And now, it seems that the "moment of truth." December 8 this year, China launched the Chang'e-4 autonomous space station, which is supposed to land on the uncharted side of the moon. Together with the landing module, a lunar rover landed on the satellite’s surface, equipped with research equipment: cameras, spectrometer, neutron dosimeter, radar and other instruments. All this will allow to collect maximum information about the "invisible" side of the celestial body.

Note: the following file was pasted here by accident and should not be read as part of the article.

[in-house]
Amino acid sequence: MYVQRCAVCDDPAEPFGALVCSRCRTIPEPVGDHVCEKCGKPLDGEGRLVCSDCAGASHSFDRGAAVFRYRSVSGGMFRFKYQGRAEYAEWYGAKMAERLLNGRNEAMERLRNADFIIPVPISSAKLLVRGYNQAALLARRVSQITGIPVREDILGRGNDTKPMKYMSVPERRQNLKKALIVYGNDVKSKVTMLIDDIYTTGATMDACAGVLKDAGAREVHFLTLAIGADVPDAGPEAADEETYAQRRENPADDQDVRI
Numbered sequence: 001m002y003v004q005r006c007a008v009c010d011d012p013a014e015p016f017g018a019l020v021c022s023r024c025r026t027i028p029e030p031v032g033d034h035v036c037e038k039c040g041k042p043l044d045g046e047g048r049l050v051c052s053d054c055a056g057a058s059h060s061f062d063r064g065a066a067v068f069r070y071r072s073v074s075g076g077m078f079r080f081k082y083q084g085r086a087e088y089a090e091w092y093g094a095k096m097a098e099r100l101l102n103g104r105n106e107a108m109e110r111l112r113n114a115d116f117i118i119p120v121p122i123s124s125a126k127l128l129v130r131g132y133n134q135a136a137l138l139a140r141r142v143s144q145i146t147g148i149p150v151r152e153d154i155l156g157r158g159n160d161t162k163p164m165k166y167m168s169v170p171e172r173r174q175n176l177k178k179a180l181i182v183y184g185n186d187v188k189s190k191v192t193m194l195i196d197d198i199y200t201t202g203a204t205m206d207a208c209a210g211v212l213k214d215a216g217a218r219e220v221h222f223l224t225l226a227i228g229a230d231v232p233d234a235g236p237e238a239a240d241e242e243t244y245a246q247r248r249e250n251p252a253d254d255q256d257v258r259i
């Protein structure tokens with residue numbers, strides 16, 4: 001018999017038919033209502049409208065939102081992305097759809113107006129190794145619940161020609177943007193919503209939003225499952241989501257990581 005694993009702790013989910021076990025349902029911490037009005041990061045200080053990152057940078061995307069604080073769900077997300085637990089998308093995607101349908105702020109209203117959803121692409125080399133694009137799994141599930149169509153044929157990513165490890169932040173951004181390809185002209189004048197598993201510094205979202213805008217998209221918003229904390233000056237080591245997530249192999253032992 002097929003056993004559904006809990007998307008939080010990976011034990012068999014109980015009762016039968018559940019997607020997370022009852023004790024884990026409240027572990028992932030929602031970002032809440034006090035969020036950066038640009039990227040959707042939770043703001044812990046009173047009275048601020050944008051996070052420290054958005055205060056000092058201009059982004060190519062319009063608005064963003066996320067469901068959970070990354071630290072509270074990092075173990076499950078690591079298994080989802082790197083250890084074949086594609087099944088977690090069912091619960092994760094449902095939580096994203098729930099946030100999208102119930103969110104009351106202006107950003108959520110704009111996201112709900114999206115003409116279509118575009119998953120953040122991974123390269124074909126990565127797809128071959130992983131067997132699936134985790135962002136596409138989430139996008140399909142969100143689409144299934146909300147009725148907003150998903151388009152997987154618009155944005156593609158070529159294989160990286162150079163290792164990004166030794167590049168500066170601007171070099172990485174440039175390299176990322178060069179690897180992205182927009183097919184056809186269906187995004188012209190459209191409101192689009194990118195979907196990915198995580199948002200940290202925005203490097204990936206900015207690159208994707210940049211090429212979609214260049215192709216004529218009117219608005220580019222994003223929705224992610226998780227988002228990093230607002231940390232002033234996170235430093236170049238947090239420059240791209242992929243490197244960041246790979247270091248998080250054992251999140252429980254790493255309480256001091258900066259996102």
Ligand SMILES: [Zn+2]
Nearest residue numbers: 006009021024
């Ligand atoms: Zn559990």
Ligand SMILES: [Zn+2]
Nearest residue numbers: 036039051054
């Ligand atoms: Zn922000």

If everything goes well, the station will “land” in early January 2019. In order to prevent signals coming from the module (the Moon is a solid body), in May China launched the Queqiao orbital satellite.
It is worth noting that this experiment is only part of the Chinese program for the development of our satellite. Already in 2019, the next mission is planned - Chang'e-5. Its essence lies in the collection and delivery to the Earth of lunar rock. And after the launch of the newest orbital station (tentatively in the 20s), the country plans to carry out several manned missions to the moon.